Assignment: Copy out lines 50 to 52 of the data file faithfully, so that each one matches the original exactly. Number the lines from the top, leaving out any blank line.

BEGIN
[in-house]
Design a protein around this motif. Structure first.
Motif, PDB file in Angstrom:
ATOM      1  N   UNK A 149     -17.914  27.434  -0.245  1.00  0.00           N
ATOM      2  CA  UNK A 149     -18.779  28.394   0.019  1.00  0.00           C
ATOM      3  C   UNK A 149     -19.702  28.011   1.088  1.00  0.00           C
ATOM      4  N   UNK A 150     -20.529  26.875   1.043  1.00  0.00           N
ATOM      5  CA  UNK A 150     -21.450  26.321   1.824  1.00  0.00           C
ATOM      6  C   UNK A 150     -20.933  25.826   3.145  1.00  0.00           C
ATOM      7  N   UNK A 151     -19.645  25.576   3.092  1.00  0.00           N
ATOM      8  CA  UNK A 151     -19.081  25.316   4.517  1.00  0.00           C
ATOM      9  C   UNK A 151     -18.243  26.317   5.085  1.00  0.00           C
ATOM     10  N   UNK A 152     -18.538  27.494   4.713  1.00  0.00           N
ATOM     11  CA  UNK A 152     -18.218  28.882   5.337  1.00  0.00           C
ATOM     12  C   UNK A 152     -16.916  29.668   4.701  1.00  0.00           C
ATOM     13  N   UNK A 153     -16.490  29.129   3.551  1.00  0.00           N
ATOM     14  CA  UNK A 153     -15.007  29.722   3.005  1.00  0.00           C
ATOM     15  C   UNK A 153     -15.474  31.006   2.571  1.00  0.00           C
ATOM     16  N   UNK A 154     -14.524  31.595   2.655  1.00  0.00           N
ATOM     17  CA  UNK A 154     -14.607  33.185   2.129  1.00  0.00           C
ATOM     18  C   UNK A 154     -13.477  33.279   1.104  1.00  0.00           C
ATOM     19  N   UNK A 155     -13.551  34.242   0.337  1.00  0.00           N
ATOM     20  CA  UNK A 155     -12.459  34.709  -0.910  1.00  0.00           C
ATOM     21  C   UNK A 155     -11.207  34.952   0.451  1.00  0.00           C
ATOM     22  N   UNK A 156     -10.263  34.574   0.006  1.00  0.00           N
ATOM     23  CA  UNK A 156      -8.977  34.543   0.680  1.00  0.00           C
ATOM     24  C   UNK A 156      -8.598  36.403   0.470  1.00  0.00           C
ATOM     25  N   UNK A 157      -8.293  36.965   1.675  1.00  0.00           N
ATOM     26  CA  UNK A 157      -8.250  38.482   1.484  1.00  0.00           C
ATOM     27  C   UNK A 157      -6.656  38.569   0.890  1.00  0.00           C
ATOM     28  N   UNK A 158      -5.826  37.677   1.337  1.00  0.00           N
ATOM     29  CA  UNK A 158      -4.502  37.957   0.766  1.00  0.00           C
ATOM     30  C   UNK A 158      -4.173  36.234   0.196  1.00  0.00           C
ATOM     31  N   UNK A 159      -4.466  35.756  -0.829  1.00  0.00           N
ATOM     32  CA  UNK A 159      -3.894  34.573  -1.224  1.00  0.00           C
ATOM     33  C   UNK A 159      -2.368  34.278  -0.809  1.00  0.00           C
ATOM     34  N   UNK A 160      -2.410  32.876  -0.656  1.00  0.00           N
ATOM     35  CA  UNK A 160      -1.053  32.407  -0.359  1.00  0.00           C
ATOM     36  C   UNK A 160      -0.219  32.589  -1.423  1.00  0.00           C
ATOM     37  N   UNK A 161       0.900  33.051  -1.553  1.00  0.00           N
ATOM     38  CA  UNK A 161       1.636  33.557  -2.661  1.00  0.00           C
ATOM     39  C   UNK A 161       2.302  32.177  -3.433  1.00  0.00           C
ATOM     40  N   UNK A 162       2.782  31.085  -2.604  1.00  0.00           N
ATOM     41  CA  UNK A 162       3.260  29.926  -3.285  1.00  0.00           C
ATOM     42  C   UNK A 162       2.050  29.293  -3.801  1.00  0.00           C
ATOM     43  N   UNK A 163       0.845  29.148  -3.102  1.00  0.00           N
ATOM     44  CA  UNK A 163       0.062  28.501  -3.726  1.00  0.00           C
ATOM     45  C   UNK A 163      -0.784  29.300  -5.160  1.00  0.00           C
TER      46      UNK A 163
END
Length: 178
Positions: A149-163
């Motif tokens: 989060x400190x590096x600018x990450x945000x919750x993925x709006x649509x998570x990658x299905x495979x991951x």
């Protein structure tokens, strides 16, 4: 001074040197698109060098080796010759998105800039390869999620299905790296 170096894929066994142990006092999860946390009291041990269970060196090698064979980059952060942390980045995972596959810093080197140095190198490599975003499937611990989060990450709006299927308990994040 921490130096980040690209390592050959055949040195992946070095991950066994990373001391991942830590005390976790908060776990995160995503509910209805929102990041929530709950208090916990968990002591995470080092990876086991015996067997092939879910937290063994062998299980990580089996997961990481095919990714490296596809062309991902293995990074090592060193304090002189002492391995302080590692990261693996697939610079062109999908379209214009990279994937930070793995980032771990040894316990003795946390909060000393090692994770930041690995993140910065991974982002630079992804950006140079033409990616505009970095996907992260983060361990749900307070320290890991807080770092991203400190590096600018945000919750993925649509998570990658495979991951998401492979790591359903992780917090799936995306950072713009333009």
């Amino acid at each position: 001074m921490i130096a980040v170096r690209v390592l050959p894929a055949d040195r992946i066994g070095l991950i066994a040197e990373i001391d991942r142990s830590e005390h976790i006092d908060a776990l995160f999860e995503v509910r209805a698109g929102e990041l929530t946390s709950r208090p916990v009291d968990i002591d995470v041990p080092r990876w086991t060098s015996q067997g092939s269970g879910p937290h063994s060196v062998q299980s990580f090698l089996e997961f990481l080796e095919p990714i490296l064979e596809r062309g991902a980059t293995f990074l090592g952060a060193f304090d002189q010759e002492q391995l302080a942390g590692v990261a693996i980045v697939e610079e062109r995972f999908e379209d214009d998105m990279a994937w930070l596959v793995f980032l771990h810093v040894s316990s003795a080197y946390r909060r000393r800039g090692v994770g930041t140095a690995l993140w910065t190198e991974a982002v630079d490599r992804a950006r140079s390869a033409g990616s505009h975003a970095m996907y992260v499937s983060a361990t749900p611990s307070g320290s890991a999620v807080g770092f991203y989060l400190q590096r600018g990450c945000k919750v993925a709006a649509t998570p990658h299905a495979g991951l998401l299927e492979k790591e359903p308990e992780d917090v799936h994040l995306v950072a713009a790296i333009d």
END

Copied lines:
END
Length: 178
Positions: A149-163